The whole object of travel is not to set foot on foreign land; it is at last to set foot on one’s own country as a foreign land.” – G.K. Chesterton

Friday, 6 July 2007

The Grape, Roleystone

Roleystone is a quiet, almost-country-like town located in the hills less than one hour's drive east from Perth CBD. Rob's dad owns a gorgeous house in Roleystone, and that was where we spent most of our time on our last visit to Perth. (And while I understand why some people like the peace and tranquility of country living, as a restless person I probably won't come to truly appreciate the quiet life until I'm much older.)

Down the road from the house (a few minutes' drive, or a short walk), there is a restaurant called The Grape Gallery. The Grape is a nicely decorated, sizeable restaurant with friendly and professional staff. The Grape serves contemporary Australian dishes, and the serving sizes are big enough for me (although Rob's dad would have preferred his order of grilled chicken to be bigger). Prices of the main courses range between AU$20 to mid-30s (discounts if you have the Entertainment book).

We went there for dinner one evening with Rob's dad and aunt Tess, and it turns out that Tess used to work there. As she chatted with the waitress, it was revealed that the place is under relatively new management by an Irishman who is also the chef. That was promising: the food will be contemporary Australian with an Irish flair.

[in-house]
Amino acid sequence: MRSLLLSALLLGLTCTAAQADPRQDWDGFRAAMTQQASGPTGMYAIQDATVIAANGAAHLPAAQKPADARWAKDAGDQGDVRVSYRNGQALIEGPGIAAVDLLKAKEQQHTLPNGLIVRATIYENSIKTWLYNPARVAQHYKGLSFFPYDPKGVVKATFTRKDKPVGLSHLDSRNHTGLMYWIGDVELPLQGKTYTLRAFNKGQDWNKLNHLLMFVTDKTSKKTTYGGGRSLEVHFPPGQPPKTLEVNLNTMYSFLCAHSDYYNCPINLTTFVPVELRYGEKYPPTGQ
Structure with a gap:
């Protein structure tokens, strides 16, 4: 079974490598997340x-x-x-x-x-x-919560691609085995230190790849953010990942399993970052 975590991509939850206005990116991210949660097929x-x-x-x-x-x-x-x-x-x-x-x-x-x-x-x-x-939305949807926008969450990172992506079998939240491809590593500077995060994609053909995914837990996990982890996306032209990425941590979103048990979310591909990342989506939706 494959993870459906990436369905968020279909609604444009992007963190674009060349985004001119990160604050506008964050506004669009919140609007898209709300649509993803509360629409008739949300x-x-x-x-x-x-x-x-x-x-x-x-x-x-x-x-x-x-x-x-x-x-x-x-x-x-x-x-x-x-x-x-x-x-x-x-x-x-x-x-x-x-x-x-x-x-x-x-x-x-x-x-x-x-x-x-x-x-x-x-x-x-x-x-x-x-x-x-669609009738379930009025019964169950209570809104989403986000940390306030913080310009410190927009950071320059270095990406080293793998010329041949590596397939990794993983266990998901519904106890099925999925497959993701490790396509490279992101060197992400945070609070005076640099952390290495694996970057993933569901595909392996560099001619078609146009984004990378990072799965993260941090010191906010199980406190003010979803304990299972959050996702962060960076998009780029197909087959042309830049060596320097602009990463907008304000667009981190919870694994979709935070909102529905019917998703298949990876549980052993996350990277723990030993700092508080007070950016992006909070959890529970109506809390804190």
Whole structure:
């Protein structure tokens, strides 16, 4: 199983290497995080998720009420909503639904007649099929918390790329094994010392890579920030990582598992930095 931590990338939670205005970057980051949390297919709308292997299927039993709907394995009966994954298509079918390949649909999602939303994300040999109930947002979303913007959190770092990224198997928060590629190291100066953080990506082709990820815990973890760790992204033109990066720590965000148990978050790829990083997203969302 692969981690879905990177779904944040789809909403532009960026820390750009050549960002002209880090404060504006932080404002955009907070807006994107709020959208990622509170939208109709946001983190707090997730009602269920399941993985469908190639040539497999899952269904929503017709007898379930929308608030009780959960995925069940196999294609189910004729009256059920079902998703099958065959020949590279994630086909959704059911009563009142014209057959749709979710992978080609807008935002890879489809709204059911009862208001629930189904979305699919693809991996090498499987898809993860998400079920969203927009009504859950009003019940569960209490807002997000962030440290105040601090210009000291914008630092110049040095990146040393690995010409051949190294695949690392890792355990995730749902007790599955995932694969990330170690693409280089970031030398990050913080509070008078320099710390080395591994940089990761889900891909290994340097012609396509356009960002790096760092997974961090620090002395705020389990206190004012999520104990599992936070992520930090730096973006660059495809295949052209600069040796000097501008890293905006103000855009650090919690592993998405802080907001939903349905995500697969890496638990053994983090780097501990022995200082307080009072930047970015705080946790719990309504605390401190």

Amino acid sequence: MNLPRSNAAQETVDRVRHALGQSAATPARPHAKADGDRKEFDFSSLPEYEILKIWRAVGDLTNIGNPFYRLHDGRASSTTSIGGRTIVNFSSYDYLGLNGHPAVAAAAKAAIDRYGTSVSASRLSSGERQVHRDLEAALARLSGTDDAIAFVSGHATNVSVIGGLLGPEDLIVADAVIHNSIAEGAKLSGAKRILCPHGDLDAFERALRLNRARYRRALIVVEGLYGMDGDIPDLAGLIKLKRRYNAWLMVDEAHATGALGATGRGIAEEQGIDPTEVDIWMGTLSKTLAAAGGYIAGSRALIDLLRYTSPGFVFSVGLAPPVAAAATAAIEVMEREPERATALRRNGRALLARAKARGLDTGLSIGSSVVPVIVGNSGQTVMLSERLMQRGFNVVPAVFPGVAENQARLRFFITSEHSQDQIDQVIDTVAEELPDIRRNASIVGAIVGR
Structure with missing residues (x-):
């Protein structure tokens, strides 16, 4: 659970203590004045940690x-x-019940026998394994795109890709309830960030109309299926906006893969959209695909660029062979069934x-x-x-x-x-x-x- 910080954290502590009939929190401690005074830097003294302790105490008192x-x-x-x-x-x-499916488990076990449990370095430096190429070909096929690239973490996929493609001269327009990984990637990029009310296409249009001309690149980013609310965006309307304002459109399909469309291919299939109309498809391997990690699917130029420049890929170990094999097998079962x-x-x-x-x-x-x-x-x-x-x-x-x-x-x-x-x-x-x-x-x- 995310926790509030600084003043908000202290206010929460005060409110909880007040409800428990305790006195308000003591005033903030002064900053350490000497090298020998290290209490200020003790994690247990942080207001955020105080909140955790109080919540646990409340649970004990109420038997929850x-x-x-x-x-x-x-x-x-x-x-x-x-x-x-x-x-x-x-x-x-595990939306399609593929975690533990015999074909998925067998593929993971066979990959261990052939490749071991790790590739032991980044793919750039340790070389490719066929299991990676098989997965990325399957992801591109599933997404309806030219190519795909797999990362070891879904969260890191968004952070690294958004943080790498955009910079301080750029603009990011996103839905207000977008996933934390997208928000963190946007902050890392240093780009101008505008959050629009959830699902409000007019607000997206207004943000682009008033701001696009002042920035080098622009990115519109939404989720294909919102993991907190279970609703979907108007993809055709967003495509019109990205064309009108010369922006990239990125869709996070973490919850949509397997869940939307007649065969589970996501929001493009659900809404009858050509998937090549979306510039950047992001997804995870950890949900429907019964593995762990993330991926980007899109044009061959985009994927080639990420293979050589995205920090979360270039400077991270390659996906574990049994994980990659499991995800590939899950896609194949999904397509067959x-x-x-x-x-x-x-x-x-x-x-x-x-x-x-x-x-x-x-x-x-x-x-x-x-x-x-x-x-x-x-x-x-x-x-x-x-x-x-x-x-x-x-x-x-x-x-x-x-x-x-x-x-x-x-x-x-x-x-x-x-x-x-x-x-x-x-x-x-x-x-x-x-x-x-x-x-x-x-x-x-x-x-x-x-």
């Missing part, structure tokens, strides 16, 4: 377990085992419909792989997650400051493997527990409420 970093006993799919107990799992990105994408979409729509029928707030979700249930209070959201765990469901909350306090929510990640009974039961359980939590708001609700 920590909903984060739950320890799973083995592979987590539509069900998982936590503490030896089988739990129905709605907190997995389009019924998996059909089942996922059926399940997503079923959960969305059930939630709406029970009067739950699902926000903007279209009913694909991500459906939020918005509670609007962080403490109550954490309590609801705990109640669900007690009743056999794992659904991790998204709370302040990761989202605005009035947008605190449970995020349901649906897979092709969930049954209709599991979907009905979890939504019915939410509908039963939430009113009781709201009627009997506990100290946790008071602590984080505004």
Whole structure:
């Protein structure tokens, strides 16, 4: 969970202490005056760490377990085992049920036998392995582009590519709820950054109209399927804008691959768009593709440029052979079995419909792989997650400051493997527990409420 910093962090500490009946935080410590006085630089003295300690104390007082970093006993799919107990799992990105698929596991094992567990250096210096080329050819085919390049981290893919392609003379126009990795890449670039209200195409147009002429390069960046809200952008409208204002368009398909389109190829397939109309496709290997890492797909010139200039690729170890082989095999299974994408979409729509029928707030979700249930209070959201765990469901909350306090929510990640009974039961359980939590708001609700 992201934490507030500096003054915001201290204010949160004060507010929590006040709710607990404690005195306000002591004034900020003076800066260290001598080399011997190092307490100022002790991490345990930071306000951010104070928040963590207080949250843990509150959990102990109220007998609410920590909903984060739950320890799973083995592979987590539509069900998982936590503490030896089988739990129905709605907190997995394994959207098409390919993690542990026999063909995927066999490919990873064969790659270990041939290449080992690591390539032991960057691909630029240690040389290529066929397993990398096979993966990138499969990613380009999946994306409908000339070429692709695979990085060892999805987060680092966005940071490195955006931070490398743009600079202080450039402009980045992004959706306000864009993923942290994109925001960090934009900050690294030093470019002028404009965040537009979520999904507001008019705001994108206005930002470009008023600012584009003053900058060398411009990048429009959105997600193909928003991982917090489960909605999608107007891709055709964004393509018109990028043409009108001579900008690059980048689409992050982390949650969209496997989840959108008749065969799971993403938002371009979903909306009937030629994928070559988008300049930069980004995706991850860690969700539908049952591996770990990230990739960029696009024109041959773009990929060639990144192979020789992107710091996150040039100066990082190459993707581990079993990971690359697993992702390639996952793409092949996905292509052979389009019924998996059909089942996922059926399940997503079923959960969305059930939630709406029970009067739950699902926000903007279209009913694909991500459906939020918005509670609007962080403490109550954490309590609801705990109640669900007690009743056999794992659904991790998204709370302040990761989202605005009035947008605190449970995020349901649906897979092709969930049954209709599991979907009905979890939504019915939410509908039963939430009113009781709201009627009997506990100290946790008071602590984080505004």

We had some Irish bread to start with, which I guess is more correctly called Irish soda bread, as they were made using baking soda and not yeast. The bread was quite nice, almost cake-like and crumbly.

Whenever we dine out together, Rob and I usually order different dishes so that we can taste the other's order. That night, both of us wanted the Tasmanian salmon dish, but Rob (being the gentleman that he is) gave in and ordered the grilled chicken. If memory serves me right, there was lamb, beef and a vegetarian pasta (fusilli) on the menu too. The grilled chicken was a quarter-chicken (wing/breast part) served on top of leeks with a goat's cheese sauce. The salmon was served on top of mashed potatoes and topped with prawns. They were both beautifully presented. The chicken meal was nice, and the goat's cheese sauce wasn't as strong as I expected. The salmon dish was also quite nice, although a bit on the overcooked side. Actually come to think of it, I've never had a fish dish done just right in Australia.

The grilled chicken and salmon meals:

For desserts, you could choose from brownies, creme brulee, bread pudding and various sweet offerings. Rob's dad ordered the bread pudding (he's of English descent), and Tess ordered creme brulee whilst Rob and I shared a huge platter of cheese and crackers. Smoked cheese, brie and a mild blue cheese (still far too strong for my tastes :P).

Verdict? It's worth a visit if you're in the area, say on the way to or from Araluen Park.

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